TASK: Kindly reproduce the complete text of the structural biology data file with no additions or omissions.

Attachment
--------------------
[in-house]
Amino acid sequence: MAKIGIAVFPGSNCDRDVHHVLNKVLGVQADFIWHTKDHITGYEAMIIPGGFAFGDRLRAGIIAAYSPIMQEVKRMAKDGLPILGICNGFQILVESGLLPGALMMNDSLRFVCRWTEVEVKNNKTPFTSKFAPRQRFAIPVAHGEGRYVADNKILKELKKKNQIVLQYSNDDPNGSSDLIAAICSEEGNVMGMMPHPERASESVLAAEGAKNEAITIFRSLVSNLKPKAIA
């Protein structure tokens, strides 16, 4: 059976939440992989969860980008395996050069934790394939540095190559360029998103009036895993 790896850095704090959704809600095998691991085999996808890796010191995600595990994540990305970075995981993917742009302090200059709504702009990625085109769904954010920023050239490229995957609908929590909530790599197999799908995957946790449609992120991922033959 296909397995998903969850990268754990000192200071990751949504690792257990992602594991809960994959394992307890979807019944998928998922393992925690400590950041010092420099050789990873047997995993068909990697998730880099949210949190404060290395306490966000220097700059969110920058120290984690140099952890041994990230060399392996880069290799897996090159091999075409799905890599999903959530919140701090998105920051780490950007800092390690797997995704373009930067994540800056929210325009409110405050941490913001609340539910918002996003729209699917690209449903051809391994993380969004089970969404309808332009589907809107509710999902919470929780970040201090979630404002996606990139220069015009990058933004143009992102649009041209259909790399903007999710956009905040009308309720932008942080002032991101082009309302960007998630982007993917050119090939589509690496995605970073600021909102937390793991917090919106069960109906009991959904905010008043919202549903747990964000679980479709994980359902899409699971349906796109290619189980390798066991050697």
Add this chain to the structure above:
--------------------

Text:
[in-house]
Amino acid sequence: MAKIGIAVFPGSNCDRDVHHVLNKVLGVQADFIWHTKDHITGYEAMIIPGGFAFGDRLRAGIIAAYSPIMQEVKRMAKDGLPILGICNGFQILVESGLLPGALMMNDSLRFVCRWTEVEVKNNKTPFTSKFAPRQRFAIPVAHGEGRYVADNKILKELKKKNQIVLQYSNDDPNGSSDLIAAICSEEGNVMGMMPHPERASESVLAAEGAKNEAITIFRSLVSNLKPKAIA
């Protein structure tokens, strides 16, 4: 059976939440992989969860980008395996050069934790394939540095190559360029998103009036895993 790896850095704090959704809600095998691991085999996808890796010191995600595990994540990305970075995981993917742009302090200059709504702009990625085109769904954010920023050239490229995957609908929590909530790599197999799908995957946790449609992120991922033959 296909397995998903969850990268754990000192200071990751949504690792257990992602594991809960994959394992307890979807019944998928998922393992925690400590950041010092420099050789990873047997995993068909990697998730880099949210949190404060290395306490966000220097700059969110920058120290984690140099952890041994990230060399392996880069290799897996090159091999075409799905890599999903959530919140701090998105920051780490950007800092390690797997995704373009930067994540800056929210325009409110405050941490913001609340539910918002996003729209699917690209449903051809391994993380969004089970969404309808332009589907809107509710999902919470929780970040201090979630404002996606990139220069015009990058933004143009992102649009041209259909790399903007999710956009905040009308309720932008942080002032991101082009309302960007998630982007993917050119090939589509690496995605970073600021909102937390793991917090919106069960109906009991959904905010008043919202549903747990964000679980479709994980359902899409699971349906796109290619189980390798066991050697």
Add this chain to the structure above: